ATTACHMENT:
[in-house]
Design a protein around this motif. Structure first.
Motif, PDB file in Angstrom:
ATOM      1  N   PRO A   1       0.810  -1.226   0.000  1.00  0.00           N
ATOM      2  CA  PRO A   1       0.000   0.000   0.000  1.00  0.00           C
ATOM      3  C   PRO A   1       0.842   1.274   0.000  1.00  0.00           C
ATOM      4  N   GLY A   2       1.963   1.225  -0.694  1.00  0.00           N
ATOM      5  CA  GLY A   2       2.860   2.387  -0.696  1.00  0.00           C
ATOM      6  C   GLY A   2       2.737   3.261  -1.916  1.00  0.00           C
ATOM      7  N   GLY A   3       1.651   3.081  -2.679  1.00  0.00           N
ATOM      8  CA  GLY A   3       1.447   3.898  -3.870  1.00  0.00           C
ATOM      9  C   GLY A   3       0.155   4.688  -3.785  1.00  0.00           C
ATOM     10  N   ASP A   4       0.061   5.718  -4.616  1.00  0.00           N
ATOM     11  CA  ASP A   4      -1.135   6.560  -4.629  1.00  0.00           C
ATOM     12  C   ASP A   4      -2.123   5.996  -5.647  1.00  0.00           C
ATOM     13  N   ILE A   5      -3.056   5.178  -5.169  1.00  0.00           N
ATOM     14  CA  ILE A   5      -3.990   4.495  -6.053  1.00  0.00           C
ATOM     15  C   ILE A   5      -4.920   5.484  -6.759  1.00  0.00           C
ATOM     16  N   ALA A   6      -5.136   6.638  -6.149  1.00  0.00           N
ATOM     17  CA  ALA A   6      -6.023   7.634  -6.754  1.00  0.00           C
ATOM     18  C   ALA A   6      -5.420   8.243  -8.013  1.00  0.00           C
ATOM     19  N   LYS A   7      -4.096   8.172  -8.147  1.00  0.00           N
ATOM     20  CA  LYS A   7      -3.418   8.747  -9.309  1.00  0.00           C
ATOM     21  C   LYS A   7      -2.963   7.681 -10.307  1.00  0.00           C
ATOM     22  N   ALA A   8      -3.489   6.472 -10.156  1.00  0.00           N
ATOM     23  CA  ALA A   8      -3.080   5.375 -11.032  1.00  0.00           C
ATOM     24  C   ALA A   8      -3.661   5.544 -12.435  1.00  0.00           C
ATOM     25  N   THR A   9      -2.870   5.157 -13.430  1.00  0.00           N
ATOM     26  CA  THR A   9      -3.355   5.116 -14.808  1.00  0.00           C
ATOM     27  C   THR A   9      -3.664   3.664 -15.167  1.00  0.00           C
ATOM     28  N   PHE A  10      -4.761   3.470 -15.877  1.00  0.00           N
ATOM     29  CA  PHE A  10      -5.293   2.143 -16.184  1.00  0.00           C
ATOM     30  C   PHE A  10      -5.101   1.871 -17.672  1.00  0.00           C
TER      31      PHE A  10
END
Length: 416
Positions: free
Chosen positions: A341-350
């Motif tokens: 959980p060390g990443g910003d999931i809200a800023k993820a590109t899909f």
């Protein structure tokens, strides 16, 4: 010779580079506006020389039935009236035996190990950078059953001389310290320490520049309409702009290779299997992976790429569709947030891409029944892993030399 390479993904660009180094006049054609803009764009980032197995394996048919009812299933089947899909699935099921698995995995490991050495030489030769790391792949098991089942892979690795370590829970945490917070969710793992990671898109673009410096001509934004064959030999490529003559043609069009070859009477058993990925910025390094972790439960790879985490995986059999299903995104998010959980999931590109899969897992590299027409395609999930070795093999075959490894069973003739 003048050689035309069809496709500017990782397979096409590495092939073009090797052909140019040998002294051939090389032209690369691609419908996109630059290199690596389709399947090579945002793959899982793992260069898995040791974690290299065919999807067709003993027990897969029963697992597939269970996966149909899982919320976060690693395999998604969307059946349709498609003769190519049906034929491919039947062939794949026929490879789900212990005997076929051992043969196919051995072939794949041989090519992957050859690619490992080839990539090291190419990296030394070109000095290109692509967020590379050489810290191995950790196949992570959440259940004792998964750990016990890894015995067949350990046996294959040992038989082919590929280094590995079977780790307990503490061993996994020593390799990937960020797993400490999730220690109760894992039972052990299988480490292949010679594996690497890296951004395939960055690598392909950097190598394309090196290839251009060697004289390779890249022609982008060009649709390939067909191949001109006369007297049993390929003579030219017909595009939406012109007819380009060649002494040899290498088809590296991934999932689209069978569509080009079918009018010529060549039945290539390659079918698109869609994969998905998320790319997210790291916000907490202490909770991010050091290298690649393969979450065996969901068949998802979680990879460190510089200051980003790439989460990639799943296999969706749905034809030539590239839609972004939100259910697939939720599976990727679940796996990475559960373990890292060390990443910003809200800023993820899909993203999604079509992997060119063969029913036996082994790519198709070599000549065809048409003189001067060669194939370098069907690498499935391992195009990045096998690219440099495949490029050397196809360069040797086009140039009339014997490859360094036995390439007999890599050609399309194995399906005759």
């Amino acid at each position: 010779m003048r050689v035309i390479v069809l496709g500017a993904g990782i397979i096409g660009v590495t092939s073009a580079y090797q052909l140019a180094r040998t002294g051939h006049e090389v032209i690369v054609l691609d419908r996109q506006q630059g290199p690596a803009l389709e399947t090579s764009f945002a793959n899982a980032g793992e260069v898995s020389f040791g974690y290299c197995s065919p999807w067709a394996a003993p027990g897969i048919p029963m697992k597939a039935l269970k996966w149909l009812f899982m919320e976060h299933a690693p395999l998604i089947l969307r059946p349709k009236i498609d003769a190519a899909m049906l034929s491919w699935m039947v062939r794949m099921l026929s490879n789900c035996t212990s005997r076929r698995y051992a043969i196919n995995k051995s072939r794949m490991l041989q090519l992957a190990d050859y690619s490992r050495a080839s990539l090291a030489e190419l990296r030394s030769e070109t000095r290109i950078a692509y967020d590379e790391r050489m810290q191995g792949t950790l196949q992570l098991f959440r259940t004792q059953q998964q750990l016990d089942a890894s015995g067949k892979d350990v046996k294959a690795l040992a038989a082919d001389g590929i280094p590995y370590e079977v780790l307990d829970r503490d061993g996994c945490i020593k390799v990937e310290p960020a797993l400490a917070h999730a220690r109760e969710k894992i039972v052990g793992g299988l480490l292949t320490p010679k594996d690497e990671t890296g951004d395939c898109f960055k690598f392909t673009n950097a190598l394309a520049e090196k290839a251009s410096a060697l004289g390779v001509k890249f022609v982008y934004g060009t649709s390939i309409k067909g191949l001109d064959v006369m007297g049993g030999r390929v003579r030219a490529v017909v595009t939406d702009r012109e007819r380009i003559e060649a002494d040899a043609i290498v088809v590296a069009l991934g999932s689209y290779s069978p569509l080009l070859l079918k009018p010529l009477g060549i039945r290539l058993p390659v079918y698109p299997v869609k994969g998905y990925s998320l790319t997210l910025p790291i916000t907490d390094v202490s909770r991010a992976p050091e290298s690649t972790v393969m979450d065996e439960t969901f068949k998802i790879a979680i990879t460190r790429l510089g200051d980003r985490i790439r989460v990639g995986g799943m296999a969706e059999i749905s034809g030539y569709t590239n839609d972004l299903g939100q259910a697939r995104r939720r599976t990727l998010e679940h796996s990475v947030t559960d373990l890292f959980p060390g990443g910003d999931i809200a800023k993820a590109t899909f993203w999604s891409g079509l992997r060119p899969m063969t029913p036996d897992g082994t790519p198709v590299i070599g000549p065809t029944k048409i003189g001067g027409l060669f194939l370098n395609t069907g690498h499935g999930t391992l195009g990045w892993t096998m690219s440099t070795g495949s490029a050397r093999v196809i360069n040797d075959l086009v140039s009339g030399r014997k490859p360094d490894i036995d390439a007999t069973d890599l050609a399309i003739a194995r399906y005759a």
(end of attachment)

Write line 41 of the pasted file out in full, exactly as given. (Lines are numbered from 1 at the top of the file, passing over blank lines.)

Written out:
């Amino acid at each position: 010779m003048r050689v035309i390479v069809l496709g500017a993904g990782i397979i096409g660009v590495t092939s073009a580079y090797q052909l140019a180094r040998t002294g051939h006049e090389v032209i690369v054609l691609d419908r996109q506006q630059g290199p690596a803009l389709e399947t090579s764009f945002a793959n899982a980032g793992e260069v898995s020389f040791g974690y290299c197995s065919p999807w067709a394996a003993p027990g897969i048919p029963m697992k597939a039935l269970k996966w149909l009812f899982m919320e976060h299933a690693p395999l998604i089947l969307r059946p349709k009236i498609d003769a190519a899909m049906l034929s491919w699935m039947v062939r794949m099921l026929s490879n789900c035996t212990s005997r076929r698995y051992a043969i196919n995995k051995s072939r794949m490991l041989q090519l992957a190990d050859y690619s490992r050495a080839s990539l090291a030489e190419l990296r030394s030769e070109t000095r290109i950078a692509y967020d590379e790391r050489m810290q191995g792949t950790l196949q992570l098991f959440r259940t004792q059953q998964q750990l016990d089942a890894s015995g067949k892979d350990v046996k294959a690795l040992a038989a082919d001389g590929i280094p590995y370590e079977v780790l307990d829970r503490d061993g996994c945490i020593k390799v990937e310290p960020a797993l400490a917070h999730a220690r109760e969710k894992i039972v052990g793992g299988l480490l292949t320490p010679k594996d690497e990671t890296g951004d395939c898109f960055k690598f392909t673009n950097a190598l394309a520049e090196k290839a251009s410096a060697l004289g390779v001509k890249f022609v982008y934004g060009t649709s390939i309409k067909g191949l001109d064959v006369m007297g049993g030999r390929v003579r030219a490529v017909v595009t939406d702009r012109e007819r380009i003559e060649a002494d040899a043609i290498v088809v590296a069009l991934g999932s689209y290779s069978p569509l080009l070859l079918k009018p010529l009477g060549i039945r290539l058993p390659v079918y698109p299997v869609k994969g998905y990925s998320l790319t997210l910025p790291i916000t907490d390094v202490s909770r991010a992976p050091e290298s690649t972790v393969m979450d065996e439960t969901f068949k998802i790879a979680i990879t460190r790429l510089g200051d980003r985490i790439r989460v990639g995986g799943m296999a969706e059999i749905s034809g030539y569709t590239n839609d972004l299903g939100q259910a697939r995104r939720r599976t990727l998010e679940h796996s990475v947030t559960d373990l890292f959980p060390g990443g910003d999931i809200a800023k993820a590109t899909f993203w999604s891409g079509l992997r060119p899969m063969t029913p036996d897992g082994t790519p198709v590299i070599g000549p065809t029944k048409i003189g001067g027409l060669f194939l370098n395609t069907g690498h499935g999930t391992l195009g990045w892993t096998m690219s440099t070795g495949s490029a050397r093999v196809i360069n040797d075959l086009v140039s009339g030399r014997k490859p360094d490894i036995d390439a007999t069973d890599l050609a399309i003739a194995r399906y005759a």